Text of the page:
When to Be Happy with Your Financial Adviser and Rates of Return?
Are You a Loaner or an Owner?
One of the most fundamental aspects to remember in personal finance and investing is to become an owner and not a loaner!
- A loaner is someone who invests their money in a bank or a stock fund hoping for a modest return for the use of their money. They also rent instead of owning anything.
- An owner is someone who has no debt and also owns his home outright.
Though stock investment is highly risky, it's worth the ride to help grow your retirement. Even though the accounts of a bank are safer, because, of the assurance of FDIC insurance funds, they do not outperform the growth of inflation. Besides, there are limits to their assurance. And you end up losing money in the long run, since, you must pay taxes on the interest earned.
The FDIC known as the Federal Deposit Insurance Corporation created by our Federal Government is an agency that assures the deposit of your bank funds in case a bank fails. The banks and stock institutions, then loan out their money at a higher percent point making a hefty profit in the interim.
Feeling Safe in the Stock Market May Cost You
Feeling safe will cost you heaps of income in purchasing power as taxable interest and inflation will eat away at your hard-earned money. It pays to invest directly into the economy to fund your retirement with Equity Mutual Funds, an aggregation of top ranking companies’ stocks pooled into a separate, fund group.
Therefore, if, one company does poorly in one-quarter another company in the mutual fund will generally do better. These profits can trickle down to pay dividends with an increase in the mutual fund’s share price, and capital gains.
The managing of Equity Mutual Funds by financial brokerage houses always maintains a professional management team that pulls together a group of individual investors into the global economy.
Your mutual fund investment will pay you dividends, and reinvest your profits by diversifying your investment into different companies. Over the long-term they outperform safe FDIC insured accounts. This lowers the high-risk venture of investing in individual stocks and losing the battle of safe investments, such as, certificates of deposits with the low-interest of savings accounts that do not even keep pace with inflation.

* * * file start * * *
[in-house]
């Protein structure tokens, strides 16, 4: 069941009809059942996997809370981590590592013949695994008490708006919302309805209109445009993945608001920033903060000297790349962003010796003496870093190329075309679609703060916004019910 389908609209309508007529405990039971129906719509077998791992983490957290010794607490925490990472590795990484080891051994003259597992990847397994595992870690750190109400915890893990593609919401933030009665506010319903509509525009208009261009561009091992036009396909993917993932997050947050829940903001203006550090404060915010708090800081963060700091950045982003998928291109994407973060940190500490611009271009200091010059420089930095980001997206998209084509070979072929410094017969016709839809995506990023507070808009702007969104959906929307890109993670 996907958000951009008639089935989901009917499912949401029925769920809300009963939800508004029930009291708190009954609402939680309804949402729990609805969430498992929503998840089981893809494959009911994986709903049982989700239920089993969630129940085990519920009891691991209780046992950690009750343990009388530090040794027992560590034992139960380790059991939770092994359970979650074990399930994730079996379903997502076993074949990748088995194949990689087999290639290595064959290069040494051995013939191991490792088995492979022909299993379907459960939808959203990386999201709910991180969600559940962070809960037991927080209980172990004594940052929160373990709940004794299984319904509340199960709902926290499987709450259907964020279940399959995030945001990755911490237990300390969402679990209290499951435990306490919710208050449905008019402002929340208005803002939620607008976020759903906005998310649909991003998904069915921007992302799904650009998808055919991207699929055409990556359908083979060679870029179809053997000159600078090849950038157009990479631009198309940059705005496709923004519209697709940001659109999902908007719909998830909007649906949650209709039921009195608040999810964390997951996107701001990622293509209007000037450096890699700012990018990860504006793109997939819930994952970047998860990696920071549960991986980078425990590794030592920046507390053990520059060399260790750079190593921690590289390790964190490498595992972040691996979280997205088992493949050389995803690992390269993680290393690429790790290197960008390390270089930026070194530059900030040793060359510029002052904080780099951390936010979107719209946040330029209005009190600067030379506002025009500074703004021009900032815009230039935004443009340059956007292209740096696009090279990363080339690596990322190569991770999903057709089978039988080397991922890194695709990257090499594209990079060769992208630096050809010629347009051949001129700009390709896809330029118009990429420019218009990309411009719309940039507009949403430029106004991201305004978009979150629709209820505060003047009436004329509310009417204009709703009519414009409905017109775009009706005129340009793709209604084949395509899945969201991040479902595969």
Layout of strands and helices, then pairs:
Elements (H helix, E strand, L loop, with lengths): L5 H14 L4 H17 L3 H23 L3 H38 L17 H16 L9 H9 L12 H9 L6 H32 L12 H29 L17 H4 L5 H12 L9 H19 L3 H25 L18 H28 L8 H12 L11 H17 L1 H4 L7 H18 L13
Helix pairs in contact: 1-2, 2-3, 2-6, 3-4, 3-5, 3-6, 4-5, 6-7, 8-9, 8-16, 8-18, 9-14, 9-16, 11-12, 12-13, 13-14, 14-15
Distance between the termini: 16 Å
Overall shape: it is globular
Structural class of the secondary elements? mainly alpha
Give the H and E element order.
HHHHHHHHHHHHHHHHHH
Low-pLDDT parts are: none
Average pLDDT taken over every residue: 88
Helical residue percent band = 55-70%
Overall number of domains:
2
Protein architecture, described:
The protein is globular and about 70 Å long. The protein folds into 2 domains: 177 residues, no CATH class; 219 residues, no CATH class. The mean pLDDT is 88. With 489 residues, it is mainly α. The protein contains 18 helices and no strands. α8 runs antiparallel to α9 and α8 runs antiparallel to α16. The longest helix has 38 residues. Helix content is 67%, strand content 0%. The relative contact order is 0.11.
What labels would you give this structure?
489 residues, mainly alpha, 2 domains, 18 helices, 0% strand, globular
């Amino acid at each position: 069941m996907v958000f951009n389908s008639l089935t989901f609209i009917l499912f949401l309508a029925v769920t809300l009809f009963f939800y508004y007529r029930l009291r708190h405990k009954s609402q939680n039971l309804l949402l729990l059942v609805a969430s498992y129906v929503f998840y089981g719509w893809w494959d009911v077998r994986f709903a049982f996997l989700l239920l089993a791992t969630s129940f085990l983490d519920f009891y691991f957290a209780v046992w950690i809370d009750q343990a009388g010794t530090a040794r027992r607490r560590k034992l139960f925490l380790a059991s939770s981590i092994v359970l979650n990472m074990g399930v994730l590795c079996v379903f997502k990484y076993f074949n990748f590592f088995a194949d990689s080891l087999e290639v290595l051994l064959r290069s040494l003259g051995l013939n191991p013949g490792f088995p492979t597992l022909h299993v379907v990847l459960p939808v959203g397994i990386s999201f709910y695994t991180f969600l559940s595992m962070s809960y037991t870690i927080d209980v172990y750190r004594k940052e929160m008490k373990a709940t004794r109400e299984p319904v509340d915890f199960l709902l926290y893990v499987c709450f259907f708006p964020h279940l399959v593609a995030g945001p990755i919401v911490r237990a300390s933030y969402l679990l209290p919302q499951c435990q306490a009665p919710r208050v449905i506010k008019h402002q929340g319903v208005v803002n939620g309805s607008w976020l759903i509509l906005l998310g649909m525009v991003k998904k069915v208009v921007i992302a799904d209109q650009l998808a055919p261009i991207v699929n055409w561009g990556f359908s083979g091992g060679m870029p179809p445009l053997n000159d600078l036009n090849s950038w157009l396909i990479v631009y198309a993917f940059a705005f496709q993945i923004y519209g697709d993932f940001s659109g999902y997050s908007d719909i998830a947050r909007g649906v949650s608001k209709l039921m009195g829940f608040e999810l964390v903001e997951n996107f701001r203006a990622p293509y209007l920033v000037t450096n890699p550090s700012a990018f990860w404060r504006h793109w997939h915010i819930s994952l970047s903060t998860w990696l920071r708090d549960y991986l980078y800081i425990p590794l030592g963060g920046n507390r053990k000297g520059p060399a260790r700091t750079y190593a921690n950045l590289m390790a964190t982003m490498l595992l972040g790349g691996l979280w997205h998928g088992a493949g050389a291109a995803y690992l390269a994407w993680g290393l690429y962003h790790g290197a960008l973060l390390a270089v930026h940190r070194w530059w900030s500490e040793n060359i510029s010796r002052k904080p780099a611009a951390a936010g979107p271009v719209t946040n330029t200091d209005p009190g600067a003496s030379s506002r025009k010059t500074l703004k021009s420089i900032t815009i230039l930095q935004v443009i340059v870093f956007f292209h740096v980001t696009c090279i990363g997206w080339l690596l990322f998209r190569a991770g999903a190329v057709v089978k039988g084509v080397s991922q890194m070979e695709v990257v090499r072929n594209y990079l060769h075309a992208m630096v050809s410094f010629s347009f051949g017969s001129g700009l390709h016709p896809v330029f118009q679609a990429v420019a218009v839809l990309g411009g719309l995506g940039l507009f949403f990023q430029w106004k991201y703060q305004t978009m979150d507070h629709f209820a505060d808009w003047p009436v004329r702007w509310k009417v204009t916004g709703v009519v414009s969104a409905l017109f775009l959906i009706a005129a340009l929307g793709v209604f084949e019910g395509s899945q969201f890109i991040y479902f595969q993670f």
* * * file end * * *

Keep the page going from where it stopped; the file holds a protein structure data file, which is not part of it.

It's smart to spend wisely and save your money for future goals!
Get Your Money Advice from a Qualified Financial Source
Investment Modesty Goes a Long Way in Growing Your Money.
It's wiser to acquire some modest investment risk in exchange for reasonable rates of return over the long-term. This will solidify your investment return and protect your long-term financial goals like your retirement.
An investment in a mutual fund gives you easy access to your money with the convenience of marketability. Should you decide to sell your shares for a large-ticket item? You decide with the advice of your financial adviser, the level of risk you feel comfortable with. Depending on the time you designate for your investment, your financial adviser will recommend a combination of Equity funds, balanced funds and Income funds. Each fund comes with a certain level of risk.
In a Down Market, Keep Investing to Grow Shares
- Equity funds are for aggressive investors who feel comfortable investing in high-volatility companies that pay the highest rates of returns in the shortest amount of time.
- Balanced funds include bond funds and Income funds that are for highly conservative investors who cannot fathom a risky investment. They require security with no loss of their principal.
In a down market, your financial adviser will compel you to keep investing to benefit from dollar cost averaging allowing you to to gather shares. The more shares you own of a fund the more effective your account will be.
Though past performance is no guarantee of a fund’s future performance, it has been consistently proven that the stock market has outperformed its safe FDIC insured account counterparts.
With time on your side, there is no reason why you cannot reach your financial goals. If you consistently invest early in your working life on a regular basis, you'll win the money war. And watch your nest egg grow with diligent effort and careful analysis!
Do you save at least ten percent or more of your money every month?
Money Tip: Spend Less Than You Earn, and Invest the Difference
© 2011 Sheila Craan